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Beyond Labels: Lessons from Autism and Parenting

When I started blogging, I thought my topic would be autistic and neurodivergent children and their mothers.  The more I wrote, the more challenging it became to work the words autism and autistic into the text. Writing “autistic child” felt forced.  Why? I wondered.

I realized that I don’t relate to the term “autism mother” and everything I write applies to all of my children – not just to my autistic son. It is not because he is not special, but because they all are. We all are.

I could write about IEPs and the gluten free diet and innovative therapies for autistic children.  But there are already many blogs, newsletters, books and magazines on these topics.  They are being done well by other people.

I find myself sharing wisdom imbued in me by my children.  I write about what I’ve learned along the way that has made our lives healthier, easier and happier in the hope that you will benefit.

The word autism turned my world upside down and inside out.  I would not be who I am without it. I am also ready to move beyond the label. What do you think?  I’d really love to hear your thoughts on labels in the comment boxes below.

Beyond the Label:  Lessons from Autism

Only one of my children is diagnosable and sports a recognizable label:  autism. When I think about him, I do not think, “My autistic child.”  I think of him as Daniel. I think of my quirky daughter as Ellana and my intensely principled son as Jonathon. I see each as a uniquely magnificent individual.  All three are beyond labeling or categorizing.  There is no normal in my house.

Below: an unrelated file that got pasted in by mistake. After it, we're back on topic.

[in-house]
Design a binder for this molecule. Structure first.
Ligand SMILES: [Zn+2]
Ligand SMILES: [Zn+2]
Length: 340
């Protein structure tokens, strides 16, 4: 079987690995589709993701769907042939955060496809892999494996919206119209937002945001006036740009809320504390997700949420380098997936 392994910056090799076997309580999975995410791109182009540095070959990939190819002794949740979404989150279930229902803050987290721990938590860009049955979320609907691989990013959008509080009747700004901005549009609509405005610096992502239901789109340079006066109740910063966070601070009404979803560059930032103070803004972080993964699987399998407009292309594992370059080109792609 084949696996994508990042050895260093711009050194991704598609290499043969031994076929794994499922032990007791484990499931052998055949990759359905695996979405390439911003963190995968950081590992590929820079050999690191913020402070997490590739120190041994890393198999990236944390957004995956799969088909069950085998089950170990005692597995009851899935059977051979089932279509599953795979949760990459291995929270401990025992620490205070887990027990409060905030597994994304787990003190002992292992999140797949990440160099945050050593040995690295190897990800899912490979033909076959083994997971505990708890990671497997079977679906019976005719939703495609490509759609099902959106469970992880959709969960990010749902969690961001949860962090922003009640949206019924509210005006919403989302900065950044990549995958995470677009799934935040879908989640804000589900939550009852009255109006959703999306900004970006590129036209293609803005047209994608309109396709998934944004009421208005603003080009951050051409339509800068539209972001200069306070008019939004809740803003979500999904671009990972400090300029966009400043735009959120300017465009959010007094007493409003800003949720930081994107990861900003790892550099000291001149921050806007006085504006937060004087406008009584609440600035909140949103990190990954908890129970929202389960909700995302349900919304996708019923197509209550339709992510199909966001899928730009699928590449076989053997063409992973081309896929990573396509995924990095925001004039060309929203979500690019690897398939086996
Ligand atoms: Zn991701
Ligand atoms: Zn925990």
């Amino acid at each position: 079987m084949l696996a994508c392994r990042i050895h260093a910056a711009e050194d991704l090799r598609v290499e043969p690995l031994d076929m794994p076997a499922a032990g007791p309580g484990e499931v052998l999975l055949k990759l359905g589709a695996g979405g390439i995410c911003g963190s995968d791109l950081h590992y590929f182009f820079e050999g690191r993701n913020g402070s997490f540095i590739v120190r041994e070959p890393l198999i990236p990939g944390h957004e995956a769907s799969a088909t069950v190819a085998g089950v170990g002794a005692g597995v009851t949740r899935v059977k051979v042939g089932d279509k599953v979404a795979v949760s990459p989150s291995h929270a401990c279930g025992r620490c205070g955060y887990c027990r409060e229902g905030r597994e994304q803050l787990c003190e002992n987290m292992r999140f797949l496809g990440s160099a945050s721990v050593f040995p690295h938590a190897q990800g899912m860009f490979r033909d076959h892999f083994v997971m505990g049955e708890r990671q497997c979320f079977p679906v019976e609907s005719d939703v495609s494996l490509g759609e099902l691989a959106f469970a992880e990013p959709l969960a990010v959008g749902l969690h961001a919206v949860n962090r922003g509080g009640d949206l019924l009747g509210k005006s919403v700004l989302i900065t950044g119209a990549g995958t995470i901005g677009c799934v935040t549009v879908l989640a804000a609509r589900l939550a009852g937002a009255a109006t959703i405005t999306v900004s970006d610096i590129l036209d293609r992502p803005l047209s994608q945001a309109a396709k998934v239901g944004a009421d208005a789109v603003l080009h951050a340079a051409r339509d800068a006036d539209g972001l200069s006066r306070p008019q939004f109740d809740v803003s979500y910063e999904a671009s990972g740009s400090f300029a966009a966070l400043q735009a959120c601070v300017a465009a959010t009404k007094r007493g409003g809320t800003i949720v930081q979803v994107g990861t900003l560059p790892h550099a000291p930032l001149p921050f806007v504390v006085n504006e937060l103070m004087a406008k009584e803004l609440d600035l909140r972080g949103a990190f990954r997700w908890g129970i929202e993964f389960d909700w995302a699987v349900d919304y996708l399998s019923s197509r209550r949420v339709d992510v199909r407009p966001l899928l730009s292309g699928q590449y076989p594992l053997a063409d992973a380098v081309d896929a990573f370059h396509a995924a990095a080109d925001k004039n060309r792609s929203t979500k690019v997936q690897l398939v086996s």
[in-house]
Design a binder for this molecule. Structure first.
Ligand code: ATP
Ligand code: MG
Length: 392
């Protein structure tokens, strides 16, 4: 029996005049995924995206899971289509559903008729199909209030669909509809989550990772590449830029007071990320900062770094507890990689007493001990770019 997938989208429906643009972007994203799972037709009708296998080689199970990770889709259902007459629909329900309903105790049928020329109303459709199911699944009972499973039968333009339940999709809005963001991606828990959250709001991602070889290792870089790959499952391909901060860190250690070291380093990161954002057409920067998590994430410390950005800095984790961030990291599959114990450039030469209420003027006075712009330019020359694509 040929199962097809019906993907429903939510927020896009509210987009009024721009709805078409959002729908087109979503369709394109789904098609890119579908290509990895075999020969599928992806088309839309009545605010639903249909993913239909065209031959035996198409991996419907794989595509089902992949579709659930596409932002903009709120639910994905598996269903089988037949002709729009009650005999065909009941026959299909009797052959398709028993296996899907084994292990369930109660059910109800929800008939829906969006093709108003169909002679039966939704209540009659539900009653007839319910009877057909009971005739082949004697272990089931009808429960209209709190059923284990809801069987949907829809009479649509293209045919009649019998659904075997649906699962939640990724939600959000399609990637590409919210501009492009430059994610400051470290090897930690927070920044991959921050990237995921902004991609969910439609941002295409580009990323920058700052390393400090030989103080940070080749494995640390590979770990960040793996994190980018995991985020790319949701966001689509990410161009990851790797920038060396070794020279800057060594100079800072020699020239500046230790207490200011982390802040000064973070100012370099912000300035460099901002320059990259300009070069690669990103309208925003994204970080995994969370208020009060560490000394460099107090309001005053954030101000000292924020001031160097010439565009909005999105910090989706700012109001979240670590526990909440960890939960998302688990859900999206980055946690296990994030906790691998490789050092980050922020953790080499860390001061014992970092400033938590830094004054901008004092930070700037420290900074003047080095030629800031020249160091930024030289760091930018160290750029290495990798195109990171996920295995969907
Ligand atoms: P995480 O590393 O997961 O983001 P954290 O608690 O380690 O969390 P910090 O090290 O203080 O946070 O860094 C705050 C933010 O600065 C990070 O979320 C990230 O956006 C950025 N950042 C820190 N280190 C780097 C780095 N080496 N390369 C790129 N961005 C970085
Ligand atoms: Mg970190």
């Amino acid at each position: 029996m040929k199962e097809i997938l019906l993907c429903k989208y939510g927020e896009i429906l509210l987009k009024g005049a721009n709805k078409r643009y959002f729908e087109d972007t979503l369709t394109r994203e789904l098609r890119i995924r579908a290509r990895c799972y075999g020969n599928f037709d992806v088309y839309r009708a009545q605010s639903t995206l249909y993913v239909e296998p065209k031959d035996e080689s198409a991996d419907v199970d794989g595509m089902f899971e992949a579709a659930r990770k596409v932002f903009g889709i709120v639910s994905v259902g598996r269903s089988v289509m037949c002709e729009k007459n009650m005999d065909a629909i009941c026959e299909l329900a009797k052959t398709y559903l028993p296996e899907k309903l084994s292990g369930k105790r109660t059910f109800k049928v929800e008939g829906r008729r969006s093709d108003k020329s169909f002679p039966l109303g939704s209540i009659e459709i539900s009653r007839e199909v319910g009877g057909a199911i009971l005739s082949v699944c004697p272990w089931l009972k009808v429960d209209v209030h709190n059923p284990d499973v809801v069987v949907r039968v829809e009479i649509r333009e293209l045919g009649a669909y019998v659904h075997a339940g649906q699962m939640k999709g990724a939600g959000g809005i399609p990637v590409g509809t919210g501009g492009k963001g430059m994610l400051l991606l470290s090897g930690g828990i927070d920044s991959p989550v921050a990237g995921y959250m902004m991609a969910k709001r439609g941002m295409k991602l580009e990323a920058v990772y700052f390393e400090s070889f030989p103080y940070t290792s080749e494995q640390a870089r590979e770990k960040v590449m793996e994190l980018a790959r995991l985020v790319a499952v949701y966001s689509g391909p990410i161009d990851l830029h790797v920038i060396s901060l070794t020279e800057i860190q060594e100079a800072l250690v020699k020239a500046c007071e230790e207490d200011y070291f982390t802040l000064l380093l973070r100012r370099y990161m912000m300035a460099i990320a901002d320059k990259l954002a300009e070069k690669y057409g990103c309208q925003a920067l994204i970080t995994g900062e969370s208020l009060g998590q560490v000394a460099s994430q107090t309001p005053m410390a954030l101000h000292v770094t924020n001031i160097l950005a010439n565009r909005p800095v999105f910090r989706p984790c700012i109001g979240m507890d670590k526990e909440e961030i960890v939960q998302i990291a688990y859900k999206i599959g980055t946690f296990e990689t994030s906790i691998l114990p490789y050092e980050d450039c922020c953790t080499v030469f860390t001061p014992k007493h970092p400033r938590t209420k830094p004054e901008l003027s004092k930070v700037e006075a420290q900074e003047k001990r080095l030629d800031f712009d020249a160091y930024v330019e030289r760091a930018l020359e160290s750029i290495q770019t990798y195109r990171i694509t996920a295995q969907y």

What is normal?

Synonyms for normal include:

·         typical

·         average

·         unsurprising

·         ordinary

·         common

Would you like to eat a common chocolate, drink an unremarkable wine, drive an average car, or take an ordinary vacation? Might you prefer chocolate that is uncommonly delicious, a wine that is remarkably silky, a car that offers a surprisingly refined ride, and an extraordinary vacation?

Why then are typical, ordinary, normal children seen as ideal? We don’t hunger for mediocrity in other aspects of life, yet we yearn for uneventful meals, ordinary nights and unremarkable parent-teacher conferences.

We are burdened by the notion that children should be a certain way.  That life should be a certain way.

How They Should Be, How They Are

Most people, either consciously or unconsciously, expect their children will be like them.  Fathers place tiny, spongy footballs in the cribs of their infant sons in loving anticipation of lives of athletic stardom.  Mothers play classical music for babies and take toddlers to Kindermusik to develop well-rounded, cultured children.  Grandmothers study little faces to see who the which family members the babies look like.

All of this usually comes from a place of love for the child and delight at the prospect of another chance at life.
But then something happens.  The future athlete can’t learn to ride a bike or pay attention to directions.  He certainly can’t throw or catch the ball.  The upcoming Miss Charming throws spectacular tantrums and refuses to listen to music.
Teachers and doctors and specialists say its autism or some other dis-order and the parents’ world turns upside down.